In English, we make negative structures by putting ‘not’ after an auxiliary verb. Study the example sentences given below. You can find more English grammar lessons here.
- I am an architect. (Affirmative statement)
- I am not an architect. (Negative statement)
- She is my best friend.
- She is not my best friend.
- He has been invited. (Affirmative)
- He has not been invited. (Negative)
- She has forgotten him. (Affirmative)
- She has not forgotten him. (Negative)
If there is no auxiliary verb, we use a form of do (do, does or did).
- She works at a restaurant. (Affirmative)
- She does not work at a restaurant. (Negative)
- They invited all of their friends to their party. (Affirmative)
- They did not invite all of their friends to their party. (Negative)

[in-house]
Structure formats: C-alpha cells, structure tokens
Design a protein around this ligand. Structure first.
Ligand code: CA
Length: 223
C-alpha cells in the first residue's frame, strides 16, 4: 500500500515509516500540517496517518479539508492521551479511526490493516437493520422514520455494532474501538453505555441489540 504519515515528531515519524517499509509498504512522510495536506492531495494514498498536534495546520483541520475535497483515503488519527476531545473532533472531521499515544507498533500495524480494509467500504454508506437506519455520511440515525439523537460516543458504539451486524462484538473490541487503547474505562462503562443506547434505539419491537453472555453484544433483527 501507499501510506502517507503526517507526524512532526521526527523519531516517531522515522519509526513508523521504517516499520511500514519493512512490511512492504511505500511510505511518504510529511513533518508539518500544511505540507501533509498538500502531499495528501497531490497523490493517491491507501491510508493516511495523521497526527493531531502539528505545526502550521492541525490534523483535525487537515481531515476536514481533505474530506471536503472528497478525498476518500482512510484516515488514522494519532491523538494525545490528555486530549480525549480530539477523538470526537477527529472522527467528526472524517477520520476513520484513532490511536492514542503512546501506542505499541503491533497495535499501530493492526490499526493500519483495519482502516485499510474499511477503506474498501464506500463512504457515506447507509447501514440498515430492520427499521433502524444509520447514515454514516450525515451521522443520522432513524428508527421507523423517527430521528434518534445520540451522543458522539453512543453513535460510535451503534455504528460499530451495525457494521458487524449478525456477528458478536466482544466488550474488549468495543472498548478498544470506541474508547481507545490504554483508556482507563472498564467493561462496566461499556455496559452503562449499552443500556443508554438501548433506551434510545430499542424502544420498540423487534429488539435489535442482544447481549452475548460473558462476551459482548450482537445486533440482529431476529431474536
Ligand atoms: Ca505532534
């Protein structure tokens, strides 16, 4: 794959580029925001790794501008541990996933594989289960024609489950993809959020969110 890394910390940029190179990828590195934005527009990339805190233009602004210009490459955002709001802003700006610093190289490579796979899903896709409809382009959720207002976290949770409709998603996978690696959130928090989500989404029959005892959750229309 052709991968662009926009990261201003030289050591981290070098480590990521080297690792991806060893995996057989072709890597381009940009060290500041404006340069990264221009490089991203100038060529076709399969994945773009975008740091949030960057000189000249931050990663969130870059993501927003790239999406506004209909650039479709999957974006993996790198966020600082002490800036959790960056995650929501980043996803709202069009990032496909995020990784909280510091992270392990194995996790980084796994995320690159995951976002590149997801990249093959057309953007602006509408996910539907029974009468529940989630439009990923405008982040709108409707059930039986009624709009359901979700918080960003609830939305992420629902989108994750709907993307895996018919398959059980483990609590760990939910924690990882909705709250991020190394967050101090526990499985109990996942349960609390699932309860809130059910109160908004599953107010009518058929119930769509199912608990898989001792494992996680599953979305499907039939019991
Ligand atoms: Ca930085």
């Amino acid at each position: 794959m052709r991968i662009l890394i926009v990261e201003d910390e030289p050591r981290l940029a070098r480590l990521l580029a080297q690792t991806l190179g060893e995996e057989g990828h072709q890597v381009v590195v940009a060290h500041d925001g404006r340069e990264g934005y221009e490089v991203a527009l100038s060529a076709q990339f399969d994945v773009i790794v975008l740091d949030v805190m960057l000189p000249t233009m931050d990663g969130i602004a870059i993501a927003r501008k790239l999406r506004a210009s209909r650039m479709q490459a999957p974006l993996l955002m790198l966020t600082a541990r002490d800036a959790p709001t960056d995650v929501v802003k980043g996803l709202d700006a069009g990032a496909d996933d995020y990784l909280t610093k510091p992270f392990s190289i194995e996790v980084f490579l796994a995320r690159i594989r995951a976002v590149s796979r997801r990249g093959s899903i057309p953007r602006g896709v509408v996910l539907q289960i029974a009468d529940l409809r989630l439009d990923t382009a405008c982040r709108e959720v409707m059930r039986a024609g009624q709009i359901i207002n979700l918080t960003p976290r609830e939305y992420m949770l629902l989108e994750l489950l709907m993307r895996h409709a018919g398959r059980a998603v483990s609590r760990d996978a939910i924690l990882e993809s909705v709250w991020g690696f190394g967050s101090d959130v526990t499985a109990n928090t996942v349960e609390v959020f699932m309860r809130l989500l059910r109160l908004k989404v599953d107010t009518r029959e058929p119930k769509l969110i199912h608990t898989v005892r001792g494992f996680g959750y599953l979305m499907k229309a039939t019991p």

- I trust him. (Affirmative)
- I do not trust him. (Negative)
Note that the auxiliary verbs ‘do’ and ‘does’ are used in the present tense. The auxiliary ‘did’ is used in the past tense.
Do is used with plural nouns and plural pronouns. The first person singular pronoun ‘I’ also takes do. Does is used with singular nouns and singular pronouns.
After do, does and did, we use the infinitive without to.
I do not know the answer. (NOT I do not to know the answer.)
If there is another auxiliary verb, do is not used.
You should go. (Affirmative)
You should not go. (Negative) (NOT You do not should go.)
Change the following affirmative sentences into negative sentences.
1. She recognized him.
2. I pity you.
3. You are a traitor.
4. She has fallen in love with him.
5. We can trust them.
6. You must make another attempt.
7. She sings well.
8. Rahul grows a variety of fruits and vegetables.
9. Meena asked a question.
1. She did not recognize him.
2. I do not pity you.
3. You are not a traitor.
4. She has not fallen in love with him.
5. We cannot trust them. (Note that ‘cannot’ is written as one word.)
6. You must not make another attempt.
7. She does not sing well.
8. Rahul does not grow a variety of fruits and vegetables.
9. Meena did not ask a question.